Wednesday, March 30, 2011

Our Neighbors

Your town has two types of residents: (1) those who cannot leave, and (2) those who choose to be there because they like it.

(We usually think that conservatives are the ones who want change, but they might be the original residents who can't leave. They want to make the town better. Those who resist change are often those considered to be more liberal: they moved to the town because they liked it. Why change what we like into something we don't like? So many of them fight change. The point: don't pigeonhole people. The ultimate show-stoppers might be people you never suspected.) 

To create positive change, you need a strong, motivated coalition of people who will not give up when facing protracted opposition. You can't avoid the opposition. If the person who challenges progress the most were to suddenly die, another person would rise up to replace the deceased challenger.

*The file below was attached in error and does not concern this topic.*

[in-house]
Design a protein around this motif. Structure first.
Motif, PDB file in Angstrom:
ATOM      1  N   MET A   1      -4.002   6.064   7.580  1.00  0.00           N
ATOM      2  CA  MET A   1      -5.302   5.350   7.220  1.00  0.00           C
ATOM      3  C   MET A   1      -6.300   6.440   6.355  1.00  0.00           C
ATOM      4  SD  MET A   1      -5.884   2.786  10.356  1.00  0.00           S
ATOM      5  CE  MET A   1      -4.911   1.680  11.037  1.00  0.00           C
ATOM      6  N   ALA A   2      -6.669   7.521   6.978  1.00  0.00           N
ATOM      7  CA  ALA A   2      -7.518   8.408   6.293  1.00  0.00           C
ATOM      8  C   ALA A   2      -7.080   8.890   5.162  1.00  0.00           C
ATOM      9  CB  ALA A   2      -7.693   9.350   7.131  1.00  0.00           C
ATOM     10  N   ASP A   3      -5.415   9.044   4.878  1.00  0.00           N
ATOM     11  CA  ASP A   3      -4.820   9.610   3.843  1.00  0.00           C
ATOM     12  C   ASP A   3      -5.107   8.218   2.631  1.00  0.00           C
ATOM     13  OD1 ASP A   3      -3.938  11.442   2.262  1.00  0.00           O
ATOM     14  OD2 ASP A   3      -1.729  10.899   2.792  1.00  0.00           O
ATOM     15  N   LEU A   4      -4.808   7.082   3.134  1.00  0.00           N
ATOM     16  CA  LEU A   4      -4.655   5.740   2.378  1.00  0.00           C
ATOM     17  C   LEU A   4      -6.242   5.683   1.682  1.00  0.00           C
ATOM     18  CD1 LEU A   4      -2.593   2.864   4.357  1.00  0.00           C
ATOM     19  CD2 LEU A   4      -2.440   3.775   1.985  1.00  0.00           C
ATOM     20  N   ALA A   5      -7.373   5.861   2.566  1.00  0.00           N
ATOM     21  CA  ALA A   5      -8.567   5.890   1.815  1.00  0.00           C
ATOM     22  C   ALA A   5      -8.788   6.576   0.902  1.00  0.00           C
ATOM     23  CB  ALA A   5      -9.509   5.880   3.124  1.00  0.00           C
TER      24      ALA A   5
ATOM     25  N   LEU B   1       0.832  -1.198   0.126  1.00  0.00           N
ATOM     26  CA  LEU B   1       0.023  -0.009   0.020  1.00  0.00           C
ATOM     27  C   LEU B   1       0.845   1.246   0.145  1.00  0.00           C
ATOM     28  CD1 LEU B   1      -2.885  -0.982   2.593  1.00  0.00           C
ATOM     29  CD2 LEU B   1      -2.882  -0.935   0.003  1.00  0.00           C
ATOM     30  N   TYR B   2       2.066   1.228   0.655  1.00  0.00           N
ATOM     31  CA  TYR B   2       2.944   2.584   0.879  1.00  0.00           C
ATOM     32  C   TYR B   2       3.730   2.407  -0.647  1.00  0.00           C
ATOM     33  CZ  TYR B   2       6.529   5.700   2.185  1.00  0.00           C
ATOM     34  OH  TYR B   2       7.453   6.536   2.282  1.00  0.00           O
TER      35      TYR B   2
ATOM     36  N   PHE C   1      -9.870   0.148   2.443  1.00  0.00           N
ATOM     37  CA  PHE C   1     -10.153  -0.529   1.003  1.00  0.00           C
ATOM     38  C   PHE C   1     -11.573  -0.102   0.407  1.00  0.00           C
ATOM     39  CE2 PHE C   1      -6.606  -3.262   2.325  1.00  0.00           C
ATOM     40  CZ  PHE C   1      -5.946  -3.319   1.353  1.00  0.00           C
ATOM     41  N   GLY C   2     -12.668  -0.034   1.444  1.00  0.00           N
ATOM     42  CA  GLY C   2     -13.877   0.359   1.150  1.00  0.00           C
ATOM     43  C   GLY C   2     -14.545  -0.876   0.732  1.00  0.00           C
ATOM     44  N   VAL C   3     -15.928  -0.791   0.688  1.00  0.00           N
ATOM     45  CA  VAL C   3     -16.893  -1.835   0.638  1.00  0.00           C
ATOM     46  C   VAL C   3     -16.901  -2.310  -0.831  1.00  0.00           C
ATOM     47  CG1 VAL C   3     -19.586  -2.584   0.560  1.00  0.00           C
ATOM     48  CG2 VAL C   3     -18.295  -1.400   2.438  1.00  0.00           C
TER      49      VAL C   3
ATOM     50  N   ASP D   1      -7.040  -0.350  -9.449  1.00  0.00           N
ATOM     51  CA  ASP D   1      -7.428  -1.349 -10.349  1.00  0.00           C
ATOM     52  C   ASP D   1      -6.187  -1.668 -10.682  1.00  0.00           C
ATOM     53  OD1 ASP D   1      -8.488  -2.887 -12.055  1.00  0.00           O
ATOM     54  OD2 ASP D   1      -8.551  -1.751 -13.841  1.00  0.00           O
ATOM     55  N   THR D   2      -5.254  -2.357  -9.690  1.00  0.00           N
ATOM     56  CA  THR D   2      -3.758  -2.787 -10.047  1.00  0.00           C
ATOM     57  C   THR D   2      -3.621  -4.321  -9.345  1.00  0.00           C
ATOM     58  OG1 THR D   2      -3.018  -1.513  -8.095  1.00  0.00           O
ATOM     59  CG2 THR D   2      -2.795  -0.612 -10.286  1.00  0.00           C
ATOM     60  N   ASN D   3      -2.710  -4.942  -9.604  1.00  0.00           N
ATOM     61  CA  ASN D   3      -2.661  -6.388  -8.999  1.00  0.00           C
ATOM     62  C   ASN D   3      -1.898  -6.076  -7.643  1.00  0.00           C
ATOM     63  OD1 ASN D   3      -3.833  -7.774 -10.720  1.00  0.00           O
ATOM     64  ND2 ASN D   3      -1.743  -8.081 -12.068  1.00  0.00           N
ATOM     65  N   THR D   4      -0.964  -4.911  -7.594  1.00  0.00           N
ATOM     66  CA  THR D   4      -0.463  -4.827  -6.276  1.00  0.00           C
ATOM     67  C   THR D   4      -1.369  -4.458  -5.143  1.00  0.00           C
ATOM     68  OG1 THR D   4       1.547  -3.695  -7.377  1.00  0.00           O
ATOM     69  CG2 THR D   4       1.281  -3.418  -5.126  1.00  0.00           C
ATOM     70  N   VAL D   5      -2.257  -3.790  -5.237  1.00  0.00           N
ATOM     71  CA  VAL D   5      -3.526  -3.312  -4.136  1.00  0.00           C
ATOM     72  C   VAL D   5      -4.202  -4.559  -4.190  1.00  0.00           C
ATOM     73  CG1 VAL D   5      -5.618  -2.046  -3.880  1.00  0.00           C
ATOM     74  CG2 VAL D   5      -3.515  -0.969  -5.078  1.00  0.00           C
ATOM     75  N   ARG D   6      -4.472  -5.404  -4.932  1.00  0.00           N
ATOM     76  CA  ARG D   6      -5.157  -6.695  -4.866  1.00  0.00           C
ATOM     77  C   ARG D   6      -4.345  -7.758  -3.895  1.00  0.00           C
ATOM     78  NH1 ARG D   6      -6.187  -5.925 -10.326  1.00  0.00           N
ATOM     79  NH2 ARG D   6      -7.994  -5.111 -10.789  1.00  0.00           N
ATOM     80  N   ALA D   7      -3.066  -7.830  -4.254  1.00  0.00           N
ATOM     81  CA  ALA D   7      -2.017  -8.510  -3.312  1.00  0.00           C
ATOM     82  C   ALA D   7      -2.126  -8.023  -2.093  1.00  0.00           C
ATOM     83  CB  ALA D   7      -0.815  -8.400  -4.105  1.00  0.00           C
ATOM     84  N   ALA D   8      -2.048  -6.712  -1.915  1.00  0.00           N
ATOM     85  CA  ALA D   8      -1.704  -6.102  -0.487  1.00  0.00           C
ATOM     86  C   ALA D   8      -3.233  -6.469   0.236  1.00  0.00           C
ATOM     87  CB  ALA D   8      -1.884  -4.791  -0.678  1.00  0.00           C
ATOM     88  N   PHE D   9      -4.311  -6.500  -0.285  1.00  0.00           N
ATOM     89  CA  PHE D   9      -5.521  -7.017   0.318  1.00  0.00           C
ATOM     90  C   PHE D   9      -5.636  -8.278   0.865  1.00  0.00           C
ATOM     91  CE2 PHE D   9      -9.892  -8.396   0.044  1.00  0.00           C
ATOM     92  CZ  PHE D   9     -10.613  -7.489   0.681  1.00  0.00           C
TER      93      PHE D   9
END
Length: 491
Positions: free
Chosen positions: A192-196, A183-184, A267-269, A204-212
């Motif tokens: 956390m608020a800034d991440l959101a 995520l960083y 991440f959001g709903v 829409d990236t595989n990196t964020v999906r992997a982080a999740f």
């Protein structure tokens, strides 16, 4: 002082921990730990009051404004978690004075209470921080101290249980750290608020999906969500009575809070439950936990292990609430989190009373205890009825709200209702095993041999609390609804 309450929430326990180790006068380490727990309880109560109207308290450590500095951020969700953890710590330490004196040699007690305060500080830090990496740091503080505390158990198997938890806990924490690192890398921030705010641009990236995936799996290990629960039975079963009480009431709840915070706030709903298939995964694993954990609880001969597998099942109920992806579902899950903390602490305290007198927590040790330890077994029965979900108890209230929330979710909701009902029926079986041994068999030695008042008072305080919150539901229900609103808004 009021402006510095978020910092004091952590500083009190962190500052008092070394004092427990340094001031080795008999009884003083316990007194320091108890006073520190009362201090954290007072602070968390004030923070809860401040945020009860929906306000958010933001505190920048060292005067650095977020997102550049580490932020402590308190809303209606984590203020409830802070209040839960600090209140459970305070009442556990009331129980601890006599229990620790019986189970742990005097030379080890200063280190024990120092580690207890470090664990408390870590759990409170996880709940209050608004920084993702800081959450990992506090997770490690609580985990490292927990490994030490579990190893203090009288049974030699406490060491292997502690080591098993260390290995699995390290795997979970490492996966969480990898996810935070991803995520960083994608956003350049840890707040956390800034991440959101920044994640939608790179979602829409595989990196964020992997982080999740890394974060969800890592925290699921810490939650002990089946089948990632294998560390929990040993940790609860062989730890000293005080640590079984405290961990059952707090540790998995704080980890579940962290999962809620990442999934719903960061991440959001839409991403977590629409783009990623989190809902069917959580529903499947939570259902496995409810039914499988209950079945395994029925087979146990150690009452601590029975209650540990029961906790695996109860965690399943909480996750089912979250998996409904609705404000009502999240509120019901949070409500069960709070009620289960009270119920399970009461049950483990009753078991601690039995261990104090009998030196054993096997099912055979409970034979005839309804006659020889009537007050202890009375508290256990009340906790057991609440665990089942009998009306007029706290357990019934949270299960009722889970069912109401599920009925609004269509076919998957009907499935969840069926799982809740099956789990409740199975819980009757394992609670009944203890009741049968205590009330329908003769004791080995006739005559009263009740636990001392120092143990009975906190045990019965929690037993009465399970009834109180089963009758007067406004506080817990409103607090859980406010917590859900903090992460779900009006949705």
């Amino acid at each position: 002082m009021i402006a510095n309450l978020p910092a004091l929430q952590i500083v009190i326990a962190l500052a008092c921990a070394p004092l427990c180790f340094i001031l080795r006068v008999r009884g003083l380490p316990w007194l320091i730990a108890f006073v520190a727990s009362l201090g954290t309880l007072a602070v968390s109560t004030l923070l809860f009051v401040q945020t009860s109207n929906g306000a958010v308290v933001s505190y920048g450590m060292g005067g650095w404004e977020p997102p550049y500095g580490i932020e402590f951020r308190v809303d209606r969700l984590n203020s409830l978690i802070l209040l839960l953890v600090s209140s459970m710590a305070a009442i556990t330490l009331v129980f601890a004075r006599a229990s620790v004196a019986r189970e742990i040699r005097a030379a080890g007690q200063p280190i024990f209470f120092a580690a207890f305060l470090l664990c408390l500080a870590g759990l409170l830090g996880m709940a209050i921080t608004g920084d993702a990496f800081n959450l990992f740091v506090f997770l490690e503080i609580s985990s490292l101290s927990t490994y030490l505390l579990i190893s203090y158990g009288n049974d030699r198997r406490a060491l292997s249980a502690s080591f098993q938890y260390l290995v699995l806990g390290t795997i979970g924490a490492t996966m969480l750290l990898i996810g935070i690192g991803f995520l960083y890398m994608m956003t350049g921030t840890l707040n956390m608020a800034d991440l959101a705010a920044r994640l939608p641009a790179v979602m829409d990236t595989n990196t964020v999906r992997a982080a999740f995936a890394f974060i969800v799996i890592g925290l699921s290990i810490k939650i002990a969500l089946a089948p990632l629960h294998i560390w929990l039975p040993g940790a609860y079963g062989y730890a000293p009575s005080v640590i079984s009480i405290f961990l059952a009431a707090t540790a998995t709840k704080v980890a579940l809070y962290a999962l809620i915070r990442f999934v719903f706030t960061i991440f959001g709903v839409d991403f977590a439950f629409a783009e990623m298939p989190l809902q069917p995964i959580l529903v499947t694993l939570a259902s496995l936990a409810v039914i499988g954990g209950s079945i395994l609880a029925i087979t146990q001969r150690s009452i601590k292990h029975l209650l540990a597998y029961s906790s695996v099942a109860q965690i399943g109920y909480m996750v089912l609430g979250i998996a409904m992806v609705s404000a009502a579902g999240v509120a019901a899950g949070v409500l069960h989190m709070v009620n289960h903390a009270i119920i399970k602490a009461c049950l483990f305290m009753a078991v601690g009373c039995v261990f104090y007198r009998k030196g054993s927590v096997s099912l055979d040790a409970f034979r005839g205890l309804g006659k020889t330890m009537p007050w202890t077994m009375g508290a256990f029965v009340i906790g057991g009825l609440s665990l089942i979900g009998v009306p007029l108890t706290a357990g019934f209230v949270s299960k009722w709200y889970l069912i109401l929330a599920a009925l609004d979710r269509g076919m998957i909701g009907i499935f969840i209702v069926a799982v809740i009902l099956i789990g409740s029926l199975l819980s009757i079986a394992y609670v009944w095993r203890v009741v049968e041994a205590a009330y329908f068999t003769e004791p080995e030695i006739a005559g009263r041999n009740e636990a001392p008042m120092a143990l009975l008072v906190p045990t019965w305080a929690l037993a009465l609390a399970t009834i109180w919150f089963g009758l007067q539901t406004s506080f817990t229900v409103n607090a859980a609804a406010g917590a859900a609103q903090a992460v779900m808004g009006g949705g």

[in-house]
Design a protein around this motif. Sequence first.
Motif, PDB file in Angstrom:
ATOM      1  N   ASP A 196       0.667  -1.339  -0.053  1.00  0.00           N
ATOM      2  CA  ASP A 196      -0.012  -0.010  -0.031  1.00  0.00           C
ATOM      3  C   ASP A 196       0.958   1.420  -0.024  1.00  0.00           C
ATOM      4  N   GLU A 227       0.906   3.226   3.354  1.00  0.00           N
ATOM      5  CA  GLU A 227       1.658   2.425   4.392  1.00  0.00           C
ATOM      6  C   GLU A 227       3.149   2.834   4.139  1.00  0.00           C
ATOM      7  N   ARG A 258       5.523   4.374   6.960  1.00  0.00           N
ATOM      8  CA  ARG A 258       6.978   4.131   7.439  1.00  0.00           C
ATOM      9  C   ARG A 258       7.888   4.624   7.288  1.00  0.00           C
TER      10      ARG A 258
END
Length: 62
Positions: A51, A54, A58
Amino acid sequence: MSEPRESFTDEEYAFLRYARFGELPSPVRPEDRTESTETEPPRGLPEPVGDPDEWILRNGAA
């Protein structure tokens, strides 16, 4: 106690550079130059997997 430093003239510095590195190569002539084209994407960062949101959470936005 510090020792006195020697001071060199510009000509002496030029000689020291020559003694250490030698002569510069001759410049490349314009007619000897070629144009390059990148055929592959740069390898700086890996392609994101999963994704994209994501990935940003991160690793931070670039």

One hint: stick with a few goals you can accomplish--low-hanging fruit--and thrash early. 

Thrashing is the term Seth Godin uses to describe the “apparently productive brainstorming and tweaking we do for a project as it develops.” You have to so this during the conceptualization stage. Projects that allow tweaking at the end are never completed. You can tweak forever. You need to force agreement on that one issue: after we agree at the beginning, no one is allowed to derail the project by opposing it at the end. (That is much easier in a company than in a community. But without following that rule, you cannot succeed.)

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